Saturday, November 6, 2010

SAQ


SAQ, originally uploaded by susanvg.
This may not look like much - a store front, that's all (it's a liquor store). But to me it represents how things change. Now I don't want to be seen as someone who is against progress. After all, I have embraced computers (bought my first one in 1983); I post photos; I blog. But some change I find harder to adjust to. Now, growing up, liquor was sold in the Liquor Commission. Even when I became old enough to buy liquor, I went to the Liquor Commission where a clerk stood behind a counter. You had to look in the book and select what you wanted and the clerk would get it for you. As Montreal became less Catholic and more secular these outlets changed and customers could finally browse the shelves. They also changed the name to the SAQ (Société des alcools du Québec). Sometimes I still slip into the old nomenclature and then face the derision of some people around me.

Well this particular SAQ outlet is on the corner of Queen Mary and Décarie. I grew up within a bus ride from here and as a teenager remember well going to this area to shop. Here, as in many places, people like to name streets after dead people who were influential in the city. To do this they rename streets, thus erasing former history. There is talk of renaming Queen Mary after Brother André who was recently sainted. Now I have nothing against having a street named after him (there actually already is a small street Frère-André which already bears his name), but why do we have to erase names and memories to replace them with others. Will I one day be telling yet unborn grandchildren how I would take the bus to Queen Mary (now known as St-André) and that their great-grandfather's office was on Dorchester (now René-Levesque). He was a property developer who put up a building on Burnside (now de Maisonneuve). I hope I will be able to find my way around the city then - I'll have to navigate by visual cues rather than by street names.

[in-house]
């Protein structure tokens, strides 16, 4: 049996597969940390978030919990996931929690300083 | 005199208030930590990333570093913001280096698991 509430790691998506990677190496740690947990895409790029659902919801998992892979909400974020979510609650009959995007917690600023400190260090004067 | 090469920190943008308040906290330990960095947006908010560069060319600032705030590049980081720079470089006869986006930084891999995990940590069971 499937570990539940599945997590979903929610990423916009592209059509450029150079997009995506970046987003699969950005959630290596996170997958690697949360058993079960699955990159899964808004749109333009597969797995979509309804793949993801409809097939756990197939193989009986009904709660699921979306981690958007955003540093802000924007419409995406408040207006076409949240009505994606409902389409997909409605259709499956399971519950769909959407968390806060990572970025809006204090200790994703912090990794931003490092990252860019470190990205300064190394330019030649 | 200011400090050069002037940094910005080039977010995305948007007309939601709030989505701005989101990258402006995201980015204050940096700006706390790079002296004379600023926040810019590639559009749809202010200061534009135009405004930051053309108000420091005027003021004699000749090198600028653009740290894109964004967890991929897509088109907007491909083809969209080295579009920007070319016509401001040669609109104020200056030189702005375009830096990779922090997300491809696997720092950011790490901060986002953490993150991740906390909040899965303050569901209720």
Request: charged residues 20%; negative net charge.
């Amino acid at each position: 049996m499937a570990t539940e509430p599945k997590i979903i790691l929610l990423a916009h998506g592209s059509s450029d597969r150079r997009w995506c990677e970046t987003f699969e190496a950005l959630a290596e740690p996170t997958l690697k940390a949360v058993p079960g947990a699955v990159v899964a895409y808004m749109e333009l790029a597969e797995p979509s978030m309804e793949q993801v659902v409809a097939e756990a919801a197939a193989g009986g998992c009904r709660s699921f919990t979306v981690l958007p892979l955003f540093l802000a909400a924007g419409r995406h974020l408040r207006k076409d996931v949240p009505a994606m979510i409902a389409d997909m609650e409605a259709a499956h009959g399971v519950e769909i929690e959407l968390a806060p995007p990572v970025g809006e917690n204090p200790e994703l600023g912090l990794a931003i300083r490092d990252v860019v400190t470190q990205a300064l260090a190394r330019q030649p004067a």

5 comments:

  1. My father would often tell the story of the day he got lost in Dunedin.

    He stopped to ask people directions, which goes to show how lost he was! The passerby told him to go the next corner and follow the railway lines.

    On going to the corner he looked in vain for railway lines. Still lost.

    An hour or so later when he arrived at his destination he was told the the railway lines had long since been dug up! They hadn't been there for twenty years.

    I now drive past places and remember when new suburbs used to be horse paddocks.

    When Mum was a girl NZ had 1 million people in it- now it has more that 4 million! Too crowded.

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  2. I had to smile at your commentary, Susan! They will say we're addled when we insist on using the old names! So many countries have changed their names since my geography days, I often don't know what country people are talking about!

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  3. Like Barb, the recognition of some countries escapes me, I often refer to an atlas on line, mine are all out of date.

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  4. Your commentary made me smile as well, Susan! I guess it's true that the only thing in life we can be sure of is that things will change. Unfortunately, it's not always for the better.

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